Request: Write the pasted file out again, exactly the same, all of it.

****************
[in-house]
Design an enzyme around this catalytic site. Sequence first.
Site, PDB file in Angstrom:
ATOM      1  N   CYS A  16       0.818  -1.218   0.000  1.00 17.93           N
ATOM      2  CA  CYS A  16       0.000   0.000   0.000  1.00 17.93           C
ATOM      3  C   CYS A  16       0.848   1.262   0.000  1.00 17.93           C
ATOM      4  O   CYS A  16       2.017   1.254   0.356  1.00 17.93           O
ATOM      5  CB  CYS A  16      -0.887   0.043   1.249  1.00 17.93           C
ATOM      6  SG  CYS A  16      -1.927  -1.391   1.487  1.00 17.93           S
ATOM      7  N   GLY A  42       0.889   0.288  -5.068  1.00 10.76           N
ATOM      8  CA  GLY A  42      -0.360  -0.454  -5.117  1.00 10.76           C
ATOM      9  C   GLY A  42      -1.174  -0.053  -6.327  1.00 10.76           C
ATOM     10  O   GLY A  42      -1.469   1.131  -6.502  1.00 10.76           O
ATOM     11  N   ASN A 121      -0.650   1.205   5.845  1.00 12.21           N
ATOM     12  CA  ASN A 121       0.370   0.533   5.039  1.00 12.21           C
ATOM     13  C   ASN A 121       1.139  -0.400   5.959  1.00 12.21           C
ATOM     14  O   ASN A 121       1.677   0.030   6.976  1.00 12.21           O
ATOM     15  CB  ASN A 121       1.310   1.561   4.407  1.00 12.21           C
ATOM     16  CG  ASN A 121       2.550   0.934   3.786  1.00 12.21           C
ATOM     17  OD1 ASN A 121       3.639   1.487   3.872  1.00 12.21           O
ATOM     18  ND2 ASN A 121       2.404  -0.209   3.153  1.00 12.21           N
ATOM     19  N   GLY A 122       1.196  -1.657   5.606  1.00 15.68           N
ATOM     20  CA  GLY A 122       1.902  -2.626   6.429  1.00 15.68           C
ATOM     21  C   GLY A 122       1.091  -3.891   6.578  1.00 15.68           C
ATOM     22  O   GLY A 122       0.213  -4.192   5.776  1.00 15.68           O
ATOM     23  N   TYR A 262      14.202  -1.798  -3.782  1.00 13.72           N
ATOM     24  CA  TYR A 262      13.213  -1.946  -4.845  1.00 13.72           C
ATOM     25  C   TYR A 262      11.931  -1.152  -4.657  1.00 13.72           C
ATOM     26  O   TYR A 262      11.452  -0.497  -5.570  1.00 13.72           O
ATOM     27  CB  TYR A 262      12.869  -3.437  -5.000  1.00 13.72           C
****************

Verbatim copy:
[in-house]
Design an enzyme around this catalytic site. Sequence first.
Site, PDB file in Angstrom:
ATOM      1  N   CYS A  16       0.818  -1.218   0.000  1.00 17.93           N
ATOM      2  CA  CYS A  16       0.000   0.000   0.000  1.00 17.93           C
ATOM      3  C   CYS A  16       0.848   1.262   0.000  1.00 17.93           C
ATOM      4  O   CYS A  16       2.017   1.254   0.356  1.00 17.93           O
ATOM      5  CB  CYS A  16      -0.887   0.043   1.249  1.00 17.93           C
ATOM      6  SG  CYS A  16      -1.927  -1.391   1.487  1.00 17.93           S
ATOM      7  N   GLY A  42       0.889   0.288  -5.068  1.00 10.76           N
ATOM      8  CA  GLY A  42      -0.360  -0.454  -5.117  1.00 10.76           C
ATOM      9  C   GLY A  42      -1.174  -0.053  -6.327  1.00 10.76           C
ATOM     10  O   GLY A  42      -1.469   1.131  -6.502  1.00 10.76           O
ATOM     11  N   ASN A 121      -0.650   1.205   5.845  1.00 12.21           N
ATOM     12  CA  ASN A 121       0.370   0.533   5.039  1.00 12.21           C
ATOM     13  C   ASN A 121       1.139  -0.400   5.959  1.00 12.21           C
ATOM     14  O   ASN A 121       1.677   0.030   6.976  1.00 12.21           O
ATOM     15  CB  ASN A 121       1.310   1.561   4.407  1.00 12.21           C
ATOM     16  CG  ASN A 121       2.550   0.934   3.786  1.00 12.21           C
ATOM     17  OD1 ASN A 121       3.639   1.487   3.872  1.00 12.21           O
ATOM     18  ND2 ASN A 121       2.404  -0.209   3.153  1.00 12.21           N
ATOM     19  N   GLY A 122       1.196  -1.657   5.606  1.00 15.68           N
ATOM     20  CA  GLY A 122       1.902  -2.626   6.429  1.00 15.68           C
ATOM     21  C   GLY A 122       1.091  -3.891   6.578  1.00 15.68           C
ATOM     22  O   GLY A 122       0.213  -4.192   5.776  1.00 15.68           O
ATOM     23  N   TYR A 262      14.202  -1.798  -3.782  1.00 13.72           N
ATOM     24  CA  TYR A 262      13.213  -1.946  -4.845  1.00 13.72           C
ATOM     25  C   TYR A 262      11.931  -1.152  -4.657  1.00 13.72           C
ATOM     26  O   TYR A 262      11.452  -0.497  -5.570  1.00 13.72           O
ATOM     27  CB  TYR A 262      12.869  -3.437  -5.000  1.00 13.72           C